YOU MAY REMEMBER Laurel Lee. She is well worth remembering. In 1977 her first book, Walking Through the Fire, appeared with much critical acclaim and good sales. The book was subsequently made into a television movie that aired nationally in prime time.
In 1975, six months pregnant, Laurel Lee discovered that she had Hodgkin's Disease, a severe though potentially curable form of cancer. Her physicians all recommended that she have an abortion followed by immediate intensive radiation and chemotherapy. Laurel refused, limiting severely the therapy that could be given her prior to the birth of the child. Walking Through the Fire is the story of those events and of her continued struggle against the disease while functioning as mother to the new baby and two other small children. The story is saddened and burdened by the departure of her husband who cannot deal with the snarl of problems that their joint life has become.
Signs of Spring is sequel pure and simple. It opens with Laurel having been given a temporary good bill of health -- a remission -- in spite of the prognostically bad tumor picture. She is destitute, weakened, husbandless, responsible for three small charges and haunted by the possibility of the return of the disease. She winnows out an existence on welfare that includes her son having to sleep on a shelf that passes for him as a bunk bed.
But life changes rapidly for Laurel and her family after a phone call from New York informs her that the hospital journal she kept during her illness has been accepted for publication. In quick succession lucrative paperbook rights are sold and the text is purchased for television. For the first time in many years Laurel and her children can live something other than a life of steerage.
They purchase and rejoice in a modest house. A house-keeper joins the family, and Laurel buys a compact car, although it takes many months before she passes the driving test and it becomes an operative part of the family.
Laurel goes on tour for the book, which gives her an opportunity to exercise her extraordinary powers of observation and sense of the ironic on the breadth of the American continent and parts of Europe. "[Conventions] are a phenomenon of business life hidden from people like myself who vacation in campgrounds. I met the Insurance Women of America in San Francisco. They wore polyester pantsuits and their business seemed to be the election of next year's convention site." In Dallas she crosses paths with the National Cemetery Association. She wanders among their booths observing the latest and most lucrative methods of disposing of the human body. "I felt that Hodgkin's Disease was a hound pursuing me . . . at this convention, its prints were everywhere."
She stops her promotional tour long enough for a visit with the television people. "The producer came in, and I was struck by the sight of his electric white hair and feet. His shoe leather seemed to be cut from a beast that was still in flight. He spoke with authority."
She stops briefly in New York and stays with her agent. She opens the door of the ice box and catalogues what she finds there, calling it "modern single-women food." "1 glass jar of raspberries from England. 2 bottles of champagne 1 can of almond-flavored macaroons 1 glass jar of marinara sauce an assortment of preserves an imported gold foil tin of English pudding a United Airlines napkin, wrapped around my old sandwich."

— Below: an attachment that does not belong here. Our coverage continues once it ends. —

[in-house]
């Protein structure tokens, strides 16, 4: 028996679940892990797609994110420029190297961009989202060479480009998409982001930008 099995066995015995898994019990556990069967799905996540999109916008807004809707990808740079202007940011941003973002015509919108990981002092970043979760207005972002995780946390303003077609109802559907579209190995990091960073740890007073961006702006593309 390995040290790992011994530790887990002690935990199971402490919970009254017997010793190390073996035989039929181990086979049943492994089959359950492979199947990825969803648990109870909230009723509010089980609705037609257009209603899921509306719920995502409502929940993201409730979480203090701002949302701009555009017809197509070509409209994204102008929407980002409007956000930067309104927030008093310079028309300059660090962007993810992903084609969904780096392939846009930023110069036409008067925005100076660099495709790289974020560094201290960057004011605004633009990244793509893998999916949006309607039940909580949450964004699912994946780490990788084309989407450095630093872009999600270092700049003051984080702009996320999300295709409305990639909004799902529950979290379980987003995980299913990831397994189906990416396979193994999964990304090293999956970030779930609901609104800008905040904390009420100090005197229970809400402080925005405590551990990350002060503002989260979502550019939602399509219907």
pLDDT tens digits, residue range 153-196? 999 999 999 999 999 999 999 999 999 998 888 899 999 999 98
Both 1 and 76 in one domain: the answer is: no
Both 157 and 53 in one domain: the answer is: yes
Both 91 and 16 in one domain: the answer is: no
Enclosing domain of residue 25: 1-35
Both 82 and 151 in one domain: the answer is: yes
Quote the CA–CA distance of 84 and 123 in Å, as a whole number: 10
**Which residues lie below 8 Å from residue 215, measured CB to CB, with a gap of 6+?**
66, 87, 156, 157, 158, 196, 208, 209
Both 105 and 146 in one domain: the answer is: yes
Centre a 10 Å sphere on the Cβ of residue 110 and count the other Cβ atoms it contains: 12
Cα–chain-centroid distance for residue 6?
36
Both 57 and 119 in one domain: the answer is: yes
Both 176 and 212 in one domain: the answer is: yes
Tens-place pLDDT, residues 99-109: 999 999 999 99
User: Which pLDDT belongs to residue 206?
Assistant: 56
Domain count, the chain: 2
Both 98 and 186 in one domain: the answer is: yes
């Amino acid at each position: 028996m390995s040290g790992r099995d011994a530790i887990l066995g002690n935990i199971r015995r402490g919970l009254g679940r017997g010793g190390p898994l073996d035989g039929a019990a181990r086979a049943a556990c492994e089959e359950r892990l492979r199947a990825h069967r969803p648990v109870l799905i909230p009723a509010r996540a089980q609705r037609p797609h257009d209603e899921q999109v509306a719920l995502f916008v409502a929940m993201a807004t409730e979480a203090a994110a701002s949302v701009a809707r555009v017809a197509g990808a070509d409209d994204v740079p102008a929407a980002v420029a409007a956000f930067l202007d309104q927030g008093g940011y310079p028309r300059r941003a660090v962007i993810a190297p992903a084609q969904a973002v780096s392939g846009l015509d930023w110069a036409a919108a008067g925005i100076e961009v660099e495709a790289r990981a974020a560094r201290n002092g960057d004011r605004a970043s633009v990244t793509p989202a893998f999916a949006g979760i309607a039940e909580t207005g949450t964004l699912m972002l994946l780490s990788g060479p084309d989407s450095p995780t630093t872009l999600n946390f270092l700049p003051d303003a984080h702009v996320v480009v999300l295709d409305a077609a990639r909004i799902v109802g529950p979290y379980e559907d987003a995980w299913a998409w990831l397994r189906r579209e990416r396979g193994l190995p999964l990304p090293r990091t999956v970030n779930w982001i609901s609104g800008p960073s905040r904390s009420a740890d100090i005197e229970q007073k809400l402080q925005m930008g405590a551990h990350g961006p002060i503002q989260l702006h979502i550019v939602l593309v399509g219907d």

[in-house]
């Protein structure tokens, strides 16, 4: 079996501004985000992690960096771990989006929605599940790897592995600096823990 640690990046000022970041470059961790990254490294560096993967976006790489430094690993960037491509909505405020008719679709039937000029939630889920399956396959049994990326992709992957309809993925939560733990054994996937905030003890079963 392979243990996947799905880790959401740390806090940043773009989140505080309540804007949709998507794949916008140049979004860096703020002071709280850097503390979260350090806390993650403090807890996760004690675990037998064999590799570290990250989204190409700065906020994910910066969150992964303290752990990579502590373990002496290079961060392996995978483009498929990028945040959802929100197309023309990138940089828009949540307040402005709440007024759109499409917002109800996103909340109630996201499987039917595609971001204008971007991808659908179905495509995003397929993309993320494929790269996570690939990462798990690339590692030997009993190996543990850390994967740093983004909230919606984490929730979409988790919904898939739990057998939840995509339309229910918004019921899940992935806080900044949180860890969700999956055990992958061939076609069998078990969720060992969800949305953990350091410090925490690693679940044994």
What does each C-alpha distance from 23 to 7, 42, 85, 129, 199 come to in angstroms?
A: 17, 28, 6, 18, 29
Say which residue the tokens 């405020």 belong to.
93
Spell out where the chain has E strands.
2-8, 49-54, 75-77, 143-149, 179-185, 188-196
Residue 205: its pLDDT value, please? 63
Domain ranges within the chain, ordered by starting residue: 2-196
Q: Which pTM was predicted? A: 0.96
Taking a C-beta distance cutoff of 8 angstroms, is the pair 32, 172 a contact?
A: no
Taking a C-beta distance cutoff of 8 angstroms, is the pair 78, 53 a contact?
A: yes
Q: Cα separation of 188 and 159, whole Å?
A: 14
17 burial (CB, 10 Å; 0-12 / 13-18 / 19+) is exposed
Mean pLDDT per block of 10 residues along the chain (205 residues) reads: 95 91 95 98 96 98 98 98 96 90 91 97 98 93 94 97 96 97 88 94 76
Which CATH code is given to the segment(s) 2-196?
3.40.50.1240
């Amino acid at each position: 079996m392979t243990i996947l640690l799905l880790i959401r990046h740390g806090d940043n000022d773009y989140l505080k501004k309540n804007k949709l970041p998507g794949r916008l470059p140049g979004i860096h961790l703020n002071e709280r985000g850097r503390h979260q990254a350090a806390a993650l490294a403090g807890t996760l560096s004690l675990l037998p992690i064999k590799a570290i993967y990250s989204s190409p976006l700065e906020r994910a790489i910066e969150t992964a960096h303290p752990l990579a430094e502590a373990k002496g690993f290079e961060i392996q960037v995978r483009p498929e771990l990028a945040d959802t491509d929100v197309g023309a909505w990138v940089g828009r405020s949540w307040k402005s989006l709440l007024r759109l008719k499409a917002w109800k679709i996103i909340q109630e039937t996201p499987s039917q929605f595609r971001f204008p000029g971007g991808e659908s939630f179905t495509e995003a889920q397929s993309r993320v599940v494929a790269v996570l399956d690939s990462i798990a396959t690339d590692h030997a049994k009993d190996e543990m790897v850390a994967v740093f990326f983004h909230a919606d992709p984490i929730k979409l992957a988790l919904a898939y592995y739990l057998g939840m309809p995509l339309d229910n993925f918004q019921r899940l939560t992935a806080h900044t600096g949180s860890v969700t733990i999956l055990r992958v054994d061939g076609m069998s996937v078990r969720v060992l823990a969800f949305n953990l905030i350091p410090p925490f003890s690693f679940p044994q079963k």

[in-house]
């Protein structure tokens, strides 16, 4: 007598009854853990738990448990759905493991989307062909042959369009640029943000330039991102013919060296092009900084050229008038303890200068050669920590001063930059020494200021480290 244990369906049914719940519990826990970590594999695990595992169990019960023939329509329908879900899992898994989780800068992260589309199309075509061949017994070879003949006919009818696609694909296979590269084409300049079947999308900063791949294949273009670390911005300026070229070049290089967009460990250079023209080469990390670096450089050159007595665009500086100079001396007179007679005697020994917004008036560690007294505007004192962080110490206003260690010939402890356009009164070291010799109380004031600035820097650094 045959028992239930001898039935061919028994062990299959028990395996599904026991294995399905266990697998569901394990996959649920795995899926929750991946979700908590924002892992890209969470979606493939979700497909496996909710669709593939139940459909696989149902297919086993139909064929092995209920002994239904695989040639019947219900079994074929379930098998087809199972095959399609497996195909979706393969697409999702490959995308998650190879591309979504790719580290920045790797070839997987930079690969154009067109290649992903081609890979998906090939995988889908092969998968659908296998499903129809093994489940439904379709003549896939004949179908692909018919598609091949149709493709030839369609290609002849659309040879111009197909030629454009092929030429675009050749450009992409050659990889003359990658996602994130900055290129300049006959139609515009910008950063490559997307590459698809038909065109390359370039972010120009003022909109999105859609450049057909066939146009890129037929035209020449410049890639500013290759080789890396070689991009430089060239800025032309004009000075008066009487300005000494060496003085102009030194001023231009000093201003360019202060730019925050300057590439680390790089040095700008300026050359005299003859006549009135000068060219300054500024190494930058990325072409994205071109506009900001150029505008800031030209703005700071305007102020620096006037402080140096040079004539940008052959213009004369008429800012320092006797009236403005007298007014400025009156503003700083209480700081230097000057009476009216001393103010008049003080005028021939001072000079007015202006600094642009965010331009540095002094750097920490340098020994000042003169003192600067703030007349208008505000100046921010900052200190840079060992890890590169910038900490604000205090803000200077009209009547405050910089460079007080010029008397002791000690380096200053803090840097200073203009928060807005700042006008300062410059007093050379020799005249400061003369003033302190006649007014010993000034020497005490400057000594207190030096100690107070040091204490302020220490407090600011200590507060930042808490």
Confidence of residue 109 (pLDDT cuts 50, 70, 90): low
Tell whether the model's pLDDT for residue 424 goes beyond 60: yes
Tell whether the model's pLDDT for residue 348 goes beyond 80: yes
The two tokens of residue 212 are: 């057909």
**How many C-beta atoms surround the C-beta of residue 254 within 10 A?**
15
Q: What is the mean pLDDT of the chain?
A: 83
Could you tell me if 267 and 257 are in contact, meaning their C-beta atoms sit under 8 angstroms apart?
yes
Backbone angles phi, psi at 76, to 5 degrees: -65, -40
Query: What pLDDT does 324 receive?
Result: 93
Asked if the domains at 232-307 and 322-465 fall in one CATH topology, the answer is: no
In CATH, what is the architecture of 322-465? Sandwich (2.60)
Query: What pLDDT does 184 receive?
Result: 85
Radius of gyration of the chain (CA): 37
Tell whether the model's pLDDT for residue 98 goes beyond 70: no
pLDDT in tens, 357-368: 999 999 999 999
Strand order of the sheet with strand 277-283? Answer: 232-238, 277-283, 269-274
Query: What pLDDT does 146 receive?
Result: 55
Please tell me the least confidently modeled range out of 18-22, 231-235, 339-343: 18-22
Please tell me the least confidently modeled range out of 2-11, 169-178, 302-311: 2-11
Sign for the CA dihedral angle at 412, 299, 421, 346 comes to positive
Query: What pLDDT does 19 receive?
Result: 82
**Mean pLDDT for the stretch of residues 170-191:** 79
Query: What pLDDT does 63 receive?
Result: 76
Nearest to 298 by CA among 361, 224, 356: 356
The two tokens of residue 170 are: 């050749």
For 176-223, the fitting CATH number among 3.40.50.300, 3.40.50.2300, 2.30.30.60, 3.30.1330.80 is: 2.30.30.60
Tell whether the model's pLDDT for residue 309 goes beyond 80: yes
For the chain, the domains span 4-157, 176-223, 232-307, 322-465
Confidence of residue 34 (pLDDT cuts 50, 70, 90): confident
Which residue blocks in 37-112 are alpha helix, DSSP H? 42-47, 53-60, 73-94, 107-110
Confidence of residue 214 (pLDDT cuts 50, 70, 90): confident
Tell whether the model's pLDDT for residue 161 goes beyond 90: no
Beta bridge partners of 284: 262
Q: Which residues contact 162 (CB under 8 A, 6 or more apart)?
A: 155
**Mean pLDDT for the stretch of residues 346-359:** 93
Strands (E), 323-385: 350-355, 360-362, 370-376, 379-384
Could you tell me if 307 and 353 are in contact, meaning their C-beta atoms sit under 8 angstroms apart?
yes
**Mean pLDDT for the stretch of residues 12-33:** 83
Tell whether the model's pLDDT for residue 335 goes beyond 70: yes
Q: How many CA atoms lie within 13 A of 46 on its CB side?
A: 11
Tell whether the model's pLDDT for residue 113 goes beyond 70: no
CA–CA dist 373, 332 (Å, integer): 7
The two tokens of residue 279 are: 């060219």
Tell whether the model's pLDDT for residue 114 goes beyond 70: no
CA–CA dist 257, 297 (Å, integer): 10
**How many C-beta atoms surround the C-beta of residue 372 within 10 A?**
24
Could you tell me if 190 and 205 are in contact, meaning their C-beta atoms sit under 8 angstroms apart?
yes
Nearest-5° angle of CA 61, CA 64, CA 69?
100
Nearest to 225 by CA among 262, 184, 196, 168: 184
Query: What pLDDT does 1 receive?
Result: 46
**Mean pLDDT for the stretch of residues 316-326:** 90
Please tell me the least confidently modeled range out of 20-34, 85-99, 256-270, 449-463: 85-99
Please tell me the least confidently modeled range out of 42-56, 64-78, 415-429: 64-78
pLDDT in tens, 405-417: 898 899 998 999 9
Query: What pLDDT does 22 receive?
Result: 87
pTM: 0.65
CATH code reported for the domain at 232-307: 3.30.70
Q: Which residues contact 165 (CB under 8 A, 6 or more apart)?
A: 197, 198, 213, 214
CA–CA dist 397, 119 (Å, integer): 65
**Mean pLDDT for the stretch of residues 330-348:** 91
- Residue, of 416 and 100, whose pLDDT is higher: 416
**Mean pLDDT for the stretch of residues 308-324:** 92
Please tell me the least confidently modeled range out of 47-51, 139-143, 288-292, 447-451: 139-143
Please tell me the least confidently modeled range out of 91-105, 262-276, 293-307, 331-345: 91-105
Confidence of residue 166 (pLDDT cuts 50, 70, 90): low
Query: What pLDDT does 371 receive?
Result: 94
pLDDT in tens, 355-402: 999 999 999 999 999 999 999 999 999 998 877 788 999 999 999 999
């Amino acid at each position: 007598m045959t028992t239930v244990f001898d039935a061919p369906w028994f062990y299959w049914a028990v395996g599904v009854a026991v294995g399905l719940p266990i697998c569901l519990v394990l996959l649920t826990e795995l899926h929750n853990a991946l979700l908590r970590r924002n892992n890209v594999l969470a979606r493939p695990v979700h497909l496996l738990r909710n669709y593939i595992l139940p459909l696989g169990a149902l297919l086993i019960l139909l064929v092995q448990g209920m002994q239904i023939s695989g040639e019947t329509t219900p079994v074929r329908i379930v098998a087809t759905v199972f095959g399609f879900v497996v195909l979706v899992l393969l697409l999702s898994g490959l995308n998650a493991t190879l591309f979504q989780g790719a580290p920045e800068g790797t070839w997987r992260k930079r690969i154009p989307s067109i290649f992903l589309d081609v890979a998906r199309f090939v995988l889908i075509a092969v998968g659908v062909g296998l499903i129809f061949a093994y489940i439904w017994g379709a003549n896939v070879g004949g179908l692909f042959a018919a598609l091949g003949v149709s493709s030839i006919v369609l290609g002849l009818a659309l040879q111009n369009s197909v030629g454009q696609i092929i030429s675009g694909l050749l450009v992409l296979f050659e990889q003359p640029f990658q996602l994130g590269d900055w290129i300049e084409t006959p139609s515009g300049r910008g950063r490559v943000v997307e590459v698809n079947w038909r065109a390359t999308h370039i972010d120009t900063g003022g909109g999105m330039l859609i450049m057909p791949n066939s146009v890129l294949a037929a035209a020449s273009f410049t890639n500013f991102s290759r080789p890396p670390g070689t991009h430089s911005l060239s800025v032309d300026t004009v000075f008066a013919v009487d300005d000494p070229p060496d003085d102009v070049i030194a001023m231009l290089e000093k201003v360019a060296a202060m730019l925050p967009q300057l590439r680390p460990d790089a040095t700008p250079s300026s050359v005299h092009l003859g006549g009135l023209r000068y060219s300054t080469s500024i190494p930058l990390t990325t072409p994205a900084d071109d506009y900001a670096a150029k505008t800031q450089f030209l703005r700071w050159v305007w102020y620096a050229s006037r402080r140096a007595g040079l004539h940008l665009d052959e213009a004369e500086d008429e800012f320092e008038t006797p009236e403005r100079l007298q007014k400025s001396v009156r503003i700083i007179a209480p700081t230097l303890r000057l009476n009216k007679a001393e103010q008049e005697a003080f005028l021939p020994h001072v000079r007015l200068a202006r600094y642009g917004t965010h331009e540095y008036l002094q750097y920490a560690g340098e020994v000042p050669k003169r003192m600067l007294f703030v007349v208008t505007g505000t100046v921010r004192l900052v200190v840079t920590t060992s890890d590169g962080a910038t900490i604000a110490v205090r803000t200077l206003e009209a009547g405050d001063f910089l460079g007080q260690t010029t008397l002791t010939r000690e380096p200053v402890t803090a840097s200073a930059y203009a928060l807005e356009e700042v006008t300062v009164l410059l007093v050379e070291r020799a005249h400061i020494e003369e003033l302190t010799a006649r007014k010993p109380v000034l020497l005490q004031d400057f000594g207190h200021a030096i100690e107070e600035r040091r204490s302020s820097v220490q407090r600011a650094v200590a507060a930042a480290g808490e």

But Laurel is most at home in Portland with her children whose mischief and beauty and growth she describes repeatedly in spare and loving vignettes. Amid their celebration of life, however, there is the constant theme of the absence of a father. Laurel states flatly and accurately that "there would be few strong enough to cross the moat of my situation." At one point her 4-year-old implores her to use a bumper sticker approach. "Please MARRY OUR MOTHER. I WANT A DAD," her ad would have read. And indeed Laurel does become involved with a young physician she meets through her church. The children love him and, in her guarded way, so apparently does Laurel. When they consider marriage, at his insistence, he goes to the woods to mull the decision. When he returns he tells her curtly that he can adopt three children and love them or marry a woman with cancer, but that he cannot handle both. He exits, leaving them a sad, tight, loving quartet.
As with her first book, Laurel Lee has peppered Signs of Spring with drawings taken from her journal and pertinent to the text. Her writing and the sketches have a great deal in common -- they are consistently economical and poignant. In 118 pages she says more about living, loving and disease than others have in tomes. The book invites reading twice; once for the story and a second time for its wisdom.
While Signs of Spring is a spirited volume, it is not without fear and even despair. Late in 1977 a recurrence of the tumor is discovered and treated. Laurel is once again badly debilitated and is forced to farm her children out to friends and relatives for a period of time. The treatment is successful, although the physicians reiterate that she will not be considered cured until she has survived her initial diagnosis for 10 years. Laurel responds to the ordeal with typical brevity and guts: "I thought, it's the job of every sick person to keep fighting for life up until that moment when it's absolutely certain that acceptance of death will enhance one's final days."
As long as Laurel Lee keeps fighting for life this reader hopes she keeps telling us about it. We are the richer for it.